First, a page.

Cognitive function prior to systemic therapy and subsequent well-being in older breast cancer survivors: Longitudinal findings from the Thinking and Living with Cancer Study

Lindsay C. Kobayashi, Harvey Jay Cohen, Wanting Zhai, Xingtao Zhou, Brent J. Small, George Luta, Arti Hurria, Judith Carroll, Danielle Tometich, Brenna C. McDonald, Deena Graham, Heather S.L. Jim, Paul Jacobsen, James C. Root, Andrew J. Saykin, Tim A. Ahles, Jeanne Mandelblatt

Research output: Contribution to journalArticle

Abstract

Objective: To investigate the relationships between self-reported and objectively measured cognitive function prior to systemic therapy and subsequent well-being outcomes over 24 months in older breast cancer survivors. Methods: Data were from 397 women aged 60 to 98 diagnosed with non-metastatic breast cancer in the Thinking and Living with Cancer Study recruited from 2010-2016. Cognitive function was measured at baseline (following surgery, prior to systemic therapy) using neuropsychological assessments of attention, processing speed, and executive function (APE), learning and memory (LM), and the self-reported FACT-Cog scale. Well-being was measured using the FACT-G functional, physical, social, and emotional well-being domain scales at baseline and 12 and 24 months later, scaled from 0 (low) to 100 (high). Linear mixed-effects models assessed the relationships between each of baseline APE, LM, and FACT-Cog quartiles with well-being scores over 24 months, adjusted for confounding variables. Results: At baseline, older survivors in the lowest APE, LM, and FACT-Cog score quartiles experienced poorer global well-being than those in the highest quartiles. At 24 months, older survivors tended to improve in well-being, and there were no differences according to baseline APE or LM scores. At 24 months, mean global well-being was 80.3 (95% CI: 76.2-84.3) among those in the lowest vs 86.6 (95% CI: 83.1-90.1) in the highest FACT-cog quartile, a clinically meaningful difference of 6.3 points (95% CI: 1.5-11.1). Conclusions: Among older breast cancer survivors, self-reported, but not objective cognitive impairments, were associated with lower global well-being over the first 2 years of survivorship.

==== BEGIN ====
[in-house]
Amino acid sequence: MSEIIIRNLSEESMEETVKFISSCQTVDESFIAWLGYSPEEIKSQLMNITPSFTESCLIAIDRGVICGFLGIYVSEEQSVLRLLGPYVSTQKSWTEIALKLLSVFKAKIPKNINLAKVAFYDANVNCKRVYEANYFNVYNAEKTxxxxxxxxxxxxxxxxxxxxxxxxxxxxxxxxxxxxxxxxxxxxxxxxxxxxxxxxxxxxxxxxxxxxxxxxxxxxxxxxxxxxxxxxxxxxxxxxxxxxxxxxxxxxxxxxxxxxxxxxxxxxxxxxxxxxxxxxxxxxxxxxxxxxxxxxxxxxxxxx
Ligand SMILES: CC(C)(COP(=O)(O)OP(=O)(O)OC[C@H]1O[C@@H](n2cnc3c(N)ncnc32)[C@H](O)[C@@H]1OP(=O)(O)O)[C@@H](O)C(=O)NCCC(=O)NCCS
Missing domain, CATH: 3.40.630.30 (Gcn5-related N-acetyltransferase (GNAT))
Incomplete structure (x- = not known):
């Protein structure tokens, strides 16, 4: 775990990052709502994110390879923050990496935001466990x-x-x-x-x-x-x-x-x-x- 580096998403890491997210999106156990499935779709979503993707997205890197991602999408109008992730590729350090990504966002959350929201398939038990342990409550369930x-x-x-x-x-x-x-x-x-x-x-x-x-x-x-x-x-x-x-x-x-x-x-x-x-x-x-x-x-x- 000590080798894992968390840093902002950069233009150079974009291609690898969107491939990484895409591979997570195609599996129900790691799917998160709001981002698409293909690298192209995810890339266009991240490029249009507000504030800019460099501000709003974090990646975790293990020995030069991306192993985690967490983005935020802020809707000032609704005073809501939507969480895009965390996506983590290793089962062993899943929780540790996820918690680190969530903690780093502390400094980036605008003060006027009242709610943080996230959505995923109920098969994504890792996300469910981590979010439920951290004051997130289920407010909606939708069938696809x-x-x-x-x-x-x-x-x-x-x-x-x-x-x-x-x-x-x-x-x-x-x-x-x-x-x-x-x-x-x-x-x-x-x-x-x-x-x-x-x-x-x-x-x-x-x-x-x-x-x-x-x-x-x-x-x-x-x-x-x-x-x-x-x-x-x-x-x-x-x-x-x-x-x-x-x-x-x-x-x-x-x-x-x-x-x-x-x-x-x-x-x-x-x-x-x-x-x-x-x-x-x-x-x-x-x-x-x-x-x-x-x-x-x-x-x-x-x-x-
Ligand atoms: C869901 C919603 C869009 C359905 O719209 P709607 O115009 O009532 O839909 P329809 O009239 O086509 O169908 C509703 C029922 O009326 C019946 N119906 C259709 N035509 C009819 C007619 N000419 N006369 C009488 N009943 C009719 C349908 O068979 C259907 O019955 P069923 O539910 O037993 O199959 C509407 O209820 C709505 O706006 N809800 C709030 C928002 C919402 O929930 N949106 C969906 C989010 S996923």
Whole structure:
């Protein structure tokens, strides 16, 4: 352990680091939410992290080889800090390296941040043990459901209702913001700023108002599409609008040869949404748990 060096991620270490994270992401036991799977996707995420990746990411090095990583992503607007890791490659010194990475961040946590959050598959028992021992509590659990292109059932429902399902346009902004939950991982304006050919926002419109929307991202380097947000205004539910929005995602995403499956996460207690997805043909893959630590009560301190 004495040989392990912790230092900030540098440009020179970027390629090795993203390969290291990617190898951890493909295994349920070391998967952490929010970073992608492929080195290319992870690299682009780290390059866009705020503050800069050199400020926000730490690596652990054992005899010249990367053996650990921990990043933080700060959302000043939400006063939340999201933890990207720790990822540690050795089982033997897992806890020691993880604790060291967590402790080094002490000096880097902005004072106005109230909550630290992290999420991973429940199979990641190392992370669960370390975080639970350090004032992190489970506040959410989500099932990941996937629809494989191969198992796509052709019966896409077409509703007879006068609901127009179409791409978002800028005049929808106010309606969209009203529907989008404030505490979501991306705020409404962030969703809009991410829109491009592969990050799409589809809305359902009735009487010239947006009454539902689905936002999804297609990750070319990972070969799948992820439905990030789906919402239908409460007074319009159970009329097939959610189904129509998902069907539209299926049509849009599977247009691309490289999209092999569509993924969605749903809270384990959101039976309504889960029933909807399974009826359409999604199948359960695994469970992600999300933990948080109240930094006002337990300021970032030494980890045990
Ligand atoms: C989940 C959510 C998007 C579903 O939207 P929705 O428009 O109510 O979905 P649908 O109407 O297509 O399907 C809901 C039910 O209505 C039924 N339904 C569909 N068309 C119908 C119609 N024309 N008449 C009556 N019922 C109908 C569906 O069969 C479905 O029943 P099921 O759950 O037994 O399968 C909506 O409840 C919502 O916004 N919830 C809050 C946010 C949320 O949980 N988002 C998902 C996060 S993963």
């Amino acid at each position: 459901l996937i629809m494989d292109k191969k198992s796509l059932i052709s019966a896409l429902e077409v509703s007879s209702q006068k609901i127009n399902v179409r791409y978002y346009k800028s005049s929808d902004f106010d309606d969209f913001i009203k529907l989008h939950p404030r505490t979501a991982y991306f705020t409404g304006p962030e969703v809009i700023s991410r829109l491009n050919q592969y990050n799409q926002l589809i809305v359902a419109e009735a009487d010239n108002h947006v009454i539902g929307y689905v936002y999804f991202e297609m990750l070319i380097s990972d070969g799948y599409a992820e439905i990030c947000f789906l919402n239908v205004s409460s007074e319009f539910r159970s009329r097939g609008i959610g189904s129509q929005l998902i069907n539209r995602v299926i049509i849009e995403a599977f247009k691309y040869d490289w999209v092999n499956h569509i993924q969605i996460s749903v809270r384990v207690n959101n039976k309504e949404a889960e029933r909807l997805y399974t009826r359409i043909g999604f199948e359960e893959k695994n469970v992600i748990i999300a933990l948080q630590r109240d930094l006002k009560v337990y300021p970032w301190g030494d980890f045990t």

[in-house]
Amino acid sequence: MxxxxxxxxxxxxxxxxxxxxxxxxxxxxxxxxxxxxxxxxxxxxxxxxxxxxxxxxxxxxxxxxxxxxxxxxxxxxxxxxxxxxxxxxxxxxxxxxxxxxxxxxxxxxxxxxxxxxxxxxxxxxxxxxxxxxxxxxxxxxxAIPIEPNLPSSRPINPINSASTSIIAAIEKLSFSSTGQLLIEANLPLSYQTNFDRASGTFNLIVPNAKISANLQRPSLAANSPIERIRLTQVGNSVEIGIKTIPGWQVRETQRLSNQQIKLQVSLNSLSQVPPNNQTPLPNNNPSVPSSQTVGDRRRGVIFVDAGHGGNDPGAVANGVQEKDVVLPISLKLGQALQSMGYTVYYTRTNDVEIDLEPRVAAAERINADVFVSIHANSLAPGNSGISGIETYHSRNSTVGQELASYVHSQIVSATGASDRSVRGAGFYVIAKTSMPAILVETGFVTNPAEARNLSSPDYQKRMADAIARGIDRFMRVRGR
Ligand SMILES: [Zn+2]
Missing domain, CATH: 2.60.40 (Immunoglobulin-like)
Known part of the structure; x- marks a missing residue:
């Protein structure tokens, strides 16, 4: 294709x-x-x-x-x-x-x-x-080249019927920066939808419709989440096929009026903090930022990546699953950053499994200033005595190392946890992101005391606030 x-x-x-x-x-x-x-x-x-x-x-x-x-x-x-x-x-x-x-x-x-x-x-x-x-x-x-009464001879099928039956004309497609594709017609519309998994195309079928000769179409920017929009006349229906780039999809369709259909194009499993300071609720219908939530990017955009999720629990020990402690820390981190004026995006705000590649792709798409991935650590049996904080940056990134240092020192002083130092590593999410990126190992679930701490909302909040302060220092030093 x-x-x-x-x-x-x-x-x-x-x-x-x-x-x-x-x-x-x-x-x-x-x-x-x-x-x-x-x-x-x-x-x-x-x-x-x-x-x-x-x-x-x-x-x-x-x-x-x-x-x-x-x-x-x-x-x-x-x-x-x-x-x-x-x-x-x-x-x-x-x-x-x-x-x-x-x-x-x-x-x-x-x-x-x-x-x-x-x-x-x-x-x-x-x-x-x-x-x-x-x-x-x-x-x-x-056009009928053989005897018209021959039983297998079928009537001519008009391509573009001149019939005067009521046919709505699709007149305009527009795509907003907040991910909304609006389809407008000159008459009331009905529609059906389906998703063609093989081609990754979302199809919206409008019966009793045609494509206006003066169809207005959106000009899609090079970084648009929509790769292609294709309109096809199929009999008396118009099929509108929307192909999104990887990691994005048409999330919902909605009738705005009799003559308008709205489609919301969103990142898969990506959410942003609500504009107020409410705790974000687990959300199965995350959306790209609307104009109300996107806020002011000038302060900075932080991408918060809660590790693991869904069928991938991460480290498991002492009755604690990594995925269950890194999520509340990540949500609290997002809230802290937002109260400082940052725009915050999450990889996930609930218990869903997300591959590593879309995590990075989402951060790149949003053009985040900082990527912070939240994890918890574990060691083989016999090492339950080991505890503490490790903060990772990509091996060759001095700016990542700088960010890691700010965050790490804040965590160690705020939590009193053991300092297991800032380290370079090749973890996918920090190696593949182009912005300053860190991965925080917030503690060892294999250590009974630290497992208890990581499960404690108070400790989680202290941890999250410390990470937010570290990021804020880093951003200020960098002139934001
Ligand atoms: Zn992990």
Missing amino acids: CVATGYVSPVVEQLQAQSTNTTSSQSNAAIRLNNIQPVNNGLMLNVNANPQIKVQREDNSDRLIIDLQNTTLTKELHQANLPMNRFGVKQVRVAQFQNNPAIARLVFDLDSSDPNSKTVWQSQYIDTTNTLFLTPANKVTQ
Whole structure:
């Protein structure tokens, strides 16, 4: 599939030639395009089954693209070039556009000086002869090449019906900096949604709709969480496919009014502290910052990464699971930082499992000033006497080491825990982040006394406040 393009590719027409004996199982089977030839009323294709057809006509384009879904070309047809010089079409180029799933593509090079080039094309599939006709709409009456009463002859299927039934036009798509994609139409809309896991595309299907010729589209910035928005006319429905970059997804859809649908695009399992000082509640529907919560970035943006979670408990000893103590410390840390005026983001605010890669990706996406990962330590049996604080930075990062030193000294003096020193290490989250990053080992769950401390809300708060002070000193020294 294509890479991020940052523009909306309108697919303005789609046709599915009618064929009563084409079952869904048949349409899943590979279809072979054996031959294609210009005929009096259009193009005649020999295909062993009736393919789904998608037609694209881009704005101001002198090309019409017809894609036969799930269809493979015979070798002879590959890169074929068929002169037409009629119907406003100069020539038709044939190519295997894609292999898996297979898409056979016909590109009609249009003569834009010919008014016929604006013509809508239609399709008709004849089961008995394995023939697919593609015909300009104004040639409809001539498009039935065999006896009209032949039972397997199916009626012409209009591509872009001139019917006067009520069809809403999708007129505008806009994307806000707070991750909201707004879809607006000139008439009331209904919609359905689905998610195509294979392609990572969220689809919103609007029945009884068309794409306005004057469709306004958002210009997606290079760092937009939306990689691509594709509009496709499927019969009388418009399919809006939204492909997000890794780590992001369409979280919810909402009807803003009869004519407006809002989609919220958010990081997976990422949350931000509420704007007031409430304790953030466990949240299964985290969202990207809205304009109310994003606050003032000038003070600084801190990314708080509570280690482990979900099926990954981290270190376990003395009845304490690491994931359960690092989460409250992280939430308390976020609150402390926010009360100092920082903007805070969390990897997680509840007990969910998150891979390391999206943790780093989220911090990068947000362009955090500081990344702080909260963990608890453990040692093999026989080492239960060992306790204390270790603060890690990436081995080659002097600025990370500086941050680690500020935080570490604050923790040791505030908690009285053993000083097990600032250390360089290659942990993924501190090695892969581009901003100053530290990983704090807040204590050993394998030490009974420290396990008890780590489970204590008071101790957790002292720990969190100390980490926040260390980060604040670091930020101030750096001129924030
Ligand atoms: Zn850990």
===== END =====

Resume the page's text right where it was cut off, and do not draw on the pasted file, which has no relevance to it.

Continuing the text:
Original languageEnglish (US)
Pages (from-to)1051-1059
Number of pages9
JournalPsycho-Oncology
Volume29
Issue number6
DOIs
StatePublished - Jun 1 2020

Keywords

  • aging
  • breast cancer
  • cancer
  • cancer survivors
  • cognitive function
  • oncology
  • quality of life
  • self-reports
  • well-being

ASJC Scopus subject areas

  • Experimental and Cognitive Psychology
  • Oncology
  • Psychiatry and Mental health

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  • Cite this

    Kobayashi, L. C., Cohen, H. J., Zhai, W., Zhou, X., Small, B. J., Luta, G., Hurria, A., Carroll, J., Tometich, D., McDonald, B. C., Graham, D., Jim, H. S. L., Jacobsen, P., Root, J. C., Saykin, A. J., Ahles, T. A., & Mandelblatt, J. (2020). Cognitive function prior to systemic therapy and subsequent well-being in older breast cancer survivors: Longitudinal findings from the Thinking and Living with Cancer Study. Psycho-Oncology, 29(6), 1051-1059. https://doi.org/10.1002/pon.5376